as in a poorly stabilized (and potentially distorted) case such
as with pentafluorobenzene. Regardless of geometry, however, the present results do indicate which structures are most
stabilizing for future molecular designs.
We hypothesized that steric factors might contribute to
the poor stabilization by the pentafluorinated species.
Angew. Chem. 2003, 115, 6155 –6159
Although fluorine is a relatively small substituent, it is
generally accepted that even small groups can alter the
glycosidic orientational preference in nucleosides, presumably by steric interactions with neighboring bonds and
substituents.[33, 34] To test this further we prepared a second
trifluorinated species, this one with 2,4,6 substitution, for
direct comparison to the 2,4,5-substituted case. Measurement
in the dangling-end contexts revealed that, like the pentafluorinated case, the bis-ortho-substituted trifluorobenzene
case was very poor at stabilization (Table 1). This is a
remarkable difference: a change of 6.8 8C (1.6 kcal) on
moving one fluorine atom from the ortho to the meta position.
Thus the data establish that bis-ortho substitution by even
small fluorine groups can have a surprisingly large effect on
stabilization, causing stacking of both the pentafluoro- and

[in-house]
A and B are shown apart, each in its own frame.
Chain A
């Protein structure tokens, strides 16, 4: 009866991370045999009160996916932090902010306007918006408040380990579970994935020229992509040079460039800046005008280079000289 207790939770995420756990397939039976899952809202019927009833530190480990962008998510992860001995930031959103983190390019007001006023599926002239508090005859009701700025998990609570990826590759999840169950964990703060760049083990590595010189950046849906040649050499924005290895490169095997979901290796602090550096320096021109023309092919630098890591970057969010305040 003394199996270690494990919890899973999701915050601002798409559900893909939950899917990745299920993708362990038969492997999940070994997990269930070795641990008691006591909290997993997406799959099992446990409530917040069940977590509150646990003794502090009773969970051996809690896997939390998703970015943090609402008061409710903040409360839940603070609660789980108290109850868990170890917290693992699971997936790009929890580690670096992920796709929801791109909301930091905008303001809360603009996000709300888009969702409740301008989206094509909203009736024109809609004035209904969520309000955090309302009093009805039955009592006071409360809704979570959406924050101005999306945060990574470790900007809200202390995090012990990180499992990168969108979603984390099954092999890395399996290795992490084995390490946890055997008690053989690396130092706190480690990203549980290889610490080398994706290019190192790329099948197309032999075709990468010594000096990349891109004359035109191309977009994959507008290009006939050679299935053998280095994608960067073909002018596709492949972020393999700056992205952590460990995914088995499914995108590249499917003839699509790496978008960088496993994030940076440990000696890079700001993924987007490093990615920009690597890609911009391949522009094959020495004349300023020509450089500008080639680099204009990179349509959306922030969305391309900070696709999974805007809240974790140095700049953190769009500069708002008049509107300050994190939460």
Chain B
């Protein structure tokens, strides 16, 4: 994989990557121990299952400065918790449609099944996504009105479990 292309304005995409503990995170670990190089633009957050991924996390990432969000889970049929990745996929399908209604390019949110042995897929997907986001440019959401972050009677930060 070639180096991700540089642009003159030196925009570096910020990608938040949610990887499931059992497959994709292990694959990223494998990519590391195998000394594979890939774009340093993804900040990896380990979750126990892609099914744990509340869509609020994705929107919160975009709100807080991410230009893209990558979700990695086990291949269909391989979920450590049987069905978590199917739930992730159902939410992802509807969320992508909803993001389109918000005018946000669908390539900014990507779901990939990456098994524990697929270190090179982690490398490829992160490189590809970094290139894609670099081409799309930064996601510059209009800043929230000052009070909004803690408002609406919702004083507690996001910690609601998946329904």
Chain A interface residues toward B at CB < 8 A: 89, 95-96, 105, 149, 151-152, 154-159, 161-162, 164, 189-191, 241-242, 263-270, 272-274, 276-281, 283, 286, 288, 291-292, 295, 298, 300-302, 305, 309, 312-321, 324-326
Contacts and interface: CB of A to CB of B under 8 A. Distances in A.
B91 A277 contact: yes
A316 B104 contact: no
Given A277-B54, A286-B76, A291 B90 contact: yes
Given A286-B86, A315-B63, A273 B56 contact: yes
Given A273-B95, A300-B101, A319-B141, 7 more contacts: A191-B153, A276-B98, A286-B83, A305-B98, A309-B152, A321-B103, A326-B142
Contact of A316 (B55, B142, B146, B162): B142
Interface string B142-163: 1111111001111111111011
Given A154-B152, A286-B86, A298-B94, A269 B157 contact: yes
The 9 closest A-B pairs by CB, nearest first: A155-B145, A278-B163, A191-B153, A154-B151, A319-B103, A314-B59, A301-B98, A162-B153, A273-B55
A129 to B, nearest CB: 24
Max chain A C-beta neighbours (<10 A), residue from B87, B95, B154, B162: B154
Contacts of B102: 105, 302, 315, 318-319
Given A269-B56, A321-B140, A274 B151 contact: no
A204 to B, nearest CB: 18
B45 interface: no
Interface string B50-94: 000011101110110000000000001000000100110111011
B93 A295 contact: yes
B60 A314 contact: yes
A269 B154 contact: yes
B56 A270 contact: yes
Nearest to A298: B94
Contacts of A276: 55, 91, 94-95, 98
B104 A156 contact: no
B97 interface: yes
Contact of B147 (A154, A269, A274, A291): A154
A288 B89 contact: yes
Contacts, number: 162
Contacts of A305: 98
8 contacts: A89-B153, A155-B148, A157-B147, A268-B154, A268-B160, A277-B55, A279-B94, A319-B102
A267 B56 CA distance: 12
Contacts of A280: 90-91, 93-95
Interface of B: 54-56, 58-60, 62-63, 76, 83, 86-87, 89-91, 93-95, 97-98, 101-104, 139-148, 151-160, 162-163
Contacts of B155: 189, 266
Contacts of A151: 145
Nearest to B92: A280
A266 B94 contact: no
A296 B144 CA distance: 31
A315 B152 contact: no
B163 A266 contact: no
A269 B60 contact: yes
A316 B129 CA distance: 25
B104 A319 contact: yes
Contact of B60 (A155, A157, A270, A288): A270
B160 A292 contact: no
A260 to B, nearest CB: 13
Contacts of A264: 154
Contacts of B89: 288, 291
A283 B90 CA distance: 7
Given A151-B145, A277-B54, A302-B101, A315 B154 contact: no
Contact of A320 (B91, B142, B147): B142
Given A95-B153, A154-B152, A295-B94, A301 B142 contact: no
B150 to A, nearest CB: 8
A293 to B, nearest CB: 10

2,4,6-trifluoronucleosides to be disrupted. We hypothesize
that this may be due to a sterically induced twist in the
glycosidic bond and/or in the sugar; structural studies will be
helpful in evaluating this in the future. This finding explains
the previously observed strong destabilizations seen in DNAs
containing pentafluorobenzene.[27]
There is a gradual inversion of electrostatic potential at
the centers of the flat aromatic surfaces going from the phenyl
nucleoside to the pentafluorophenyl nucleoside across this
series (see the electrostatic potential maps in Figure 1 b). It
was anticipated that this difference in electrostatic potential
might be a significant factor in the stacking of these
compounds in duplex DNA, particularly with differing
natural adjacent bases. Electrostatic maps of the four natural
DNA bases suggest that adenine is the most electron-rich,
while thymine is the least (see the Supporting Information),
although the differences are relatively small. However, from
the Tm and DG8 differences observed here (Table 1 and
2003 Wiley-VCH Verlag GmbH & Co. KGaA, Weinheim
Figure 2)), there appears to be relatively poor correlation
between numbers of fluorine groups and stabilization. For
example, in the “C adjacent” and “A adjacent” series, the
mono-, di-, and trisubstituted cases show nearly the same
stacking propensities (Figure 3 a). (Note that we omit the two
bis-ortho cases from the analysis because of their unusual
steric effects.) Since the tetrafluorinated species does stack